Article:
Naomi Osaka has advanced to her first Australian Open final thanks to a thrilling three-set victory over Karolina Pliskova.
In a match of the highest quality and studded with electrifying winners, Osaka held her nerve to record a 6-2 4-6 6-4 win.
The two women combined for 76 winners against 51 errors under the Rod Laver Arena roof on a scorching summer day in Melbourne.
Naomi Osaka on-court interview
Osaka, the reigning US Open champion, has built a 13-match winning streak at Grand Slam tournaments and will now meet Petra Kvitova for a shot at a second straight major title.
The last player to win back-to-back Grand Slam trophies was Serena Williams in 2015.
Kvitova earlier on Thursday subdued surprise semifinalist Danielle Collins 7-6(2) 6-0.
Osaka showed in the very first game how dangerous she would be when she brought up a break point.
She couldn’t convert that, but on her next attempt she fired back-to-back winners to break for 2-1.
It was a lead she would not relinquish, and the first example of Osaka’s ability to land consecutive knockout blows to shut Pliskova out.
In the seventh game, back-to-back winners helped her to break point, before a rattled Pliskova double faulted to fall behind 5-2. Osaka then served out the first set with back-to-back aces, taking her winners tally for the set to 16 – compared with Pliskova’s four.
Big grins, Osaka wins
When Osaka broke in the opening game of the second, the match appeared headed for a speedy conclusion.
But Pliskova – who is playing some of the best tennis of her life, and was riding a 10-match winning streak thanks to her title in Brisbane – broke back immediately.
Then, trailing 0-40 in the next game, the Czech hauled herself out of trouble and completed a gritty hold.
It was a clear confidence booster; Pliskova didn’t face another break point on serve for the remainder of the set.
Osaka continued to blaze away under the roof, striking winners seemingly at will and eliciting both gasps and appreciative applause from the crowd.
She had boosted her tally of winners to a staggering 40 by the end of the second set, but she was becoming somewhat over-stimulated, or over-zealous, in her shot-making.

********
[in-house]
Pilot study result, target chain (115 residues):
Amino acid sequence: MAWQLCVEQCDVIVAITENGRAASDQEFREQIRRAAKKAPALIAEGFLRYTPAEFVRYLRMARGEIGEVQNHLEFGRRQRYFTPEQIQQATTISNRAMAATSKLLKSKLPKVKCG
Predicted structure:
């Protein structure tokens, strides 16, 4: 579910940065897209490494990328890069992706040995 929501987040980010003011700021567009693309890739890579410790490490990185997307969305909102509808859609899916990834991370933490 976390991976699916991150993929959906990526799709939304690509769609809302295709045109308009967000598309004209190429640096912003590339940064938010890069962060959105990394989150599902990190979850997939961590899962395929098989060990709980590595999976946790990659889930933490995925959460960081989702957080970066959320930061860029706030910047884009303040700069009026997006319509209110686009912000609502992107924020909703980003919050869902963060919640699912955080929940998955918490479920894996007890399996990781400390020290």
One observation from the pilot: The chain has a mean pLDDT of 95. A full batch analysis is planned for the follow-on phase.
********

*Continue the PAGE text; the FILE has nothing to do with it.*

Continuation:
Two wild errors, which handed Pliskova a hold for 5-4, were followed by a squeal and a fling of the racquet from Osaka.
In the next game, two more unforced errors from Osaka helped Pliskova break to love – and snatch the second set.
Pliskova won her third straight game when she held to open the deciding set, and accrued three break points in the next game, threatening to wrest control of a match that had, for most of the day, seemed very much out of her control.
Yet Osaka returned to her devastating ways, striking two bold winners to erase the first two and surviving the third.
When she held for 1-1, she clutched at her visor in relief.
But she had noticeably steadied.
She broke Pliskova to love in the third game, drilled a forehand winner and two aces to hold for 3-1, and two games later, stretched her lead to 4-2 with a hold at love, assisted by another two winners.
Pliskova produced one last surge, closing the gap from 4-3, 40-15 to deuce and then earning a break point.
The energy in the stadium lifted, sensing a momentum swing.
Yet Osaka erased that with an ace and held for 5-3.
Pliskova forced the 21-year-old to serve for the match, and Osaka was up to the task.
From 30-30, she closed it out as a champion does, slotting a winner to reach match point and sealing victory with a resounding ace.